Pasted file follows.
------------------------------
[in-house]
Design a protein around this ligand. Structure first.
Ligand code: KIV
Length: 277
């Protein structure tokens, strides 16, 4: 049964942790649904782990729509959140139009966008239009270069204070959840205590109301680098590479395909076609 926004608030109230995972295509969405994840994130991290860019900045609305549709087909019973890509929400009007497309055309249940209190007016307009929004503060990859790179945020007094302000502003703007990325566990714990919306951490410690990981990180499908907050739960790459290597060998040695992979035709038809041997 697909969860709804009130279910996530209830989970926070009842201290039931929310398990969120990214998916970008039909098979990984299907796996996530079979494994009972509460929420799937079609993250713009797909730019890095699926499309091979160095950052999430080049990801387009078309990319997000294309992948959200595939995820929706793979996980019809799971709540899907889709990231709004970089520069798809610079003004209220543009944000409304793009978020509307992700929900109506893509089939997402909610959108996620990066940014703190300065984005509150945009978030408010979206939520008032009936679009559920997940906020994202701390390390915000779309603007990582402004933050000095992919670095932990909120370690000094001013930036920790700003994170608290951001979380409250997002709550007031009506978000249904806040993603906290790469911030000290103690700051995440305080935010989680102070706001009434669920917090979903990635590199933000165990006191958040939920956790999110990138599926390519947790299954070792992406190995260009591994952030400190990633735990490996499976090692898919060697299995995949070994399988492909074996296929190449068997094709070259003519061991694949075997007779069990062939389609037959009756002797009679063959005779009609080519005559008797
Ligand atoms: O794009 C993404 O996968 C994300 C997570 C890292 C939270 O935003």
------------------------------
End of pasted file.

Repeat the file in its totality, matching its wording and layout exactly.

[in-house]
Design a protein around this ligand. Structure first.
Ligand code: KIV
Length: 277
């Protein structure tokens, strides 16, 4: 049964942790649904782990729509959140139009966008239009270069204070959840205590109301680098590479395909076609 926004608030109230995972295509969405994840994130991290860019900045609305549709087909019973890509929400009007497309055309249940209190007016307009929004503060990859790179945020007094302000502003703007990325566990714990919306951490410690990981990180499908907050739960790459290597060998040695992979035709038809041997 697909969860709804009130279910996530209830989970926070009842201290039931929310398990969120990214998916970008039909098979990984299907796996996530079979494994009972509460929420799937079609993250713009797909730019890095699926499309091979160095950052999430080049990801387009078309990319997000294309992948959200595939995820929706793979996980019809799971709540899907889709990231709004970089520069798809610079003004209220543009944000409304793009978020509307992700929900109506893509089939997402909610959108996620990066940014703190300065984005509150945009978030408010979206939520008032009936679009559920997940906020994202701390390390915000779309603007990582402004933050000095992919670095932990909120370690000094001013930036920790700003994170608290951001979380409250997002709550007031009506978000249904806040993603906290790469911030000290103690700051995440305080935010989680102070706001009434669920917090979903990635590199933000165990006191958040939920956790999110990138599926390519947790299954070792992406190995260009591994952030400190990633735990490996499976090692898919060697299995995949070994399988492909074996296929190449068997094709070259003519061991694949075997007779069990062939389609037959009756002797009679063959005779009609080519005559008797
Ligand atoms: O794009 C993404 O996968 C994300 C997570 C890292 C939270 O935003």